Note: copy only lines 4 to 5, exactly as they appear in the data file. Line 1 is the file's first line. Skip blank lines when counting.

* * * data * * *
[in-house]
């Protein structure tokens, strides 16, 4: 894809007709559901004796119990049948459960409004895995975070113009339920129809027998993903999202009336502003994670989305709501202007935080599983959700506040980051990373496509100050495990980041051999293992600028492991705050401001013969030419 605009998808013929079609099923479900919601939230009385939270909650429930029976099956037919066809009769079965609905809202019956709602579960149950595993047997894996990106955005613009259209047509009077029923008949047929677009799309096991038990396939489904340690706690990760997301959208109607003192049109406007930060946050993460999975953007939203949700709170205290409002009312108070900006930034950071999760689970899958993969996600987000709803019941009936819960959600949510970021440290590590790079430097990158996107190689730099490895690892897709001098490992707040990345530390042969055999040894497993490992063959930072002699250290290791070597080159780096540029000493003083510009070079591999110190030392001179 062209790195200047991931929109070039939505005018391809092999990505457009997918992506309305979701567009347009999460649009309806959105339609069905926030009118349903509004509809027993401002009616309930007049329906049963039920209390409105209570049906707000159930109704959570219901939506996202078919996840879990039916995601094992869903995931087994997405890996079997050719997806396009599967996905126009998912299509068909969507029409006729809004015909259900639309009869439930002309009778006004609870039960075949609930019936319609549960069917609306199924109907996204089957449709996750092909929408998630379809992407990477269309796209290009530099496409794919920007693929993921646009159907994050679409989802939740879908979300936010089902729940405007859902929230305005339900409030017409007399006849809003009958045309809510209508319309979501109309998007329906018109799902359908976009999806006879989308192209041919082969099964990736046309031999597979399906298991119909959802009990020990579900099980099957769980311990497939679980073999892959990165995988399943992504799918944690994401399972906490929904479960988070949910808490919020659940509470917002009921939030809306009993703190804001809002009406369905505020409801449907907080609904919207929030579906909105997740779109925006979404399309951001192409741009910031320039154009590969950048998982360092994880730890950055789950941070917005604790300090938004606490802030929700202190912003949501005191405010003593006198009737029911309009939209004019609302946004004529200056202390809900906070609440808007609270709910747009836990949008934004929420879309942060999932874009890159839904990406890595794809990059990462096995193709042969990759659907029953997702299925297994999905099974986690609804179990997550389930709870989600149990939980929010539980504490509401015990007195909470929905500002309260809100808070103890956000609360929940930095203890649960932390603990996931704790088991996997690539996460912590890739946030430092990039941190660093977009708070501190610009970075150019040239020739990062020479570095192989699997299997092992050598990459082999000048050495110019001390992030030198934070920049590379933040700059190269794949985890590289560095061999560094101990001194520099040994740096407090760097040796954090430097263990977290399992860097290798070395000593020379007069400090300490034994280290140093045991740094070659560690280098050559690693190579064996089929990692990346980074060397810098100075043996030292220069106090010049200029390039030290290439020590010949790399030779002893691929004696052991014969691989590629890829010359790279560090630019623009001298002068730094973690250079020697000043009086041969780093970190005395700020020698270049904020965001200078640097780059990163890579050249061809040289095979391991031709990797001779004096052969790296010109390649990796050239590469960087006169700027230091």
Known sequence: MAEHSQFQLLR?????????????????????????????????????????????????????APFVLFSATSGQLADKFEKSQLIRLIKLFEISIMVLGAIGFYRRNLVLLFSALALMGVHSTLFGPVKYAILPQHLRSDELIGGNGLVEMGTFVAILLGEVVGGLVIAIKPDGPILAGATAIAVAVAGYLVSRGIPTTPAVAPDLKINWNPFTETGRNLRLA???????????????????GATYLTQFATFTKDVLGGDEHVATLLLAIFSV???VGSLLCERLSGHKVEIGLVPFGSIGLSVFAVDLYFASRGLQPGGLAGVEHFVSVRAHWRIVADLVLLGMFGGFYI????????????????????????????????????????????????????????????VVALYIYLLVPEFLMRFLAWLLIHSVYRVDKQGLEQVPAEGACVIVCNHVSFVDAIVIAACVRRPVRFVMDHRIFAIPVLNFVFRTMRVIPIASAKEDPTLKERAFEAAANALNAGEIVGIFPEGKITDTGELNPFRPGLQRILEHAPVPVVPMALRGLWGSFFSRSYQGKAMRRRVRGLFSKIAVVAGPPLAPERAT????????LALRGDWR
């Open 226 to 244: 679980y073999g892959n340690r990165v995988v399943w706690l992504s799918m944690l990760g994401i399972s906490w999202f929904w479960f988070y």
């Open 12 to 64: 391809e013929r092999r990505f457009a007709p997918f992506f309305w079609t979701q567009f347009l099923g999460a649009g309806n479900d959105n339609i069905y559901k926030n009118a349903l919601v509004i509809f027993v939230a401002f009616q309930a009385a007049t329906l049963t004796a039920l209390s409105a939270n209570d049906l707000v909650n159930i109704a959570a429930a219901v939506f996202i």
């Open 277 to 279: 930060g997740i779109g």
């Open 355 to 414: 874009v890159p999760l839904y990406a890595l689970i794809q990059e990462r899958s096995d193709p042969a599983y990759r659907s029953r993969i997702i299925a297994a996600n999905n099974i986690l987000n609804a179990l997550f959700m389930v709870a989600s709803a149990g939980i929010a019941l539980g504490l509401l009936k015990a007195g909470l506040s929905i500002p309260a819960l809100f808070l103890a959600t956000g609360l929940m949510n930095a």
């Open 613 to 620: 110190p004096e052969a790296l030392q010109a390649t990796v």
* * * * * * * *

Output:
């Open 226 to 244: 679980y073999g892959n340690r990165v995988v399943w706690l992504s799918m944690l990760g994401i399972s906490w999202f929904w479960f988070y």
């Open 12 to 64: 391809e013929r092999r990505f457009a007709p997918f992506f309305w079609t979701q567009f347009l099923g999460a649009g309806n479900d959105n339609i069905y559901k926030n009118a349903l919601v509004i509809f027993v939230a401002f009616q309930a009385a007049t329906l049963t004796a039920l209390s409105a939270n209570d049906l707000v909650n159930i109704a959570a429930a219901v939506f996202i």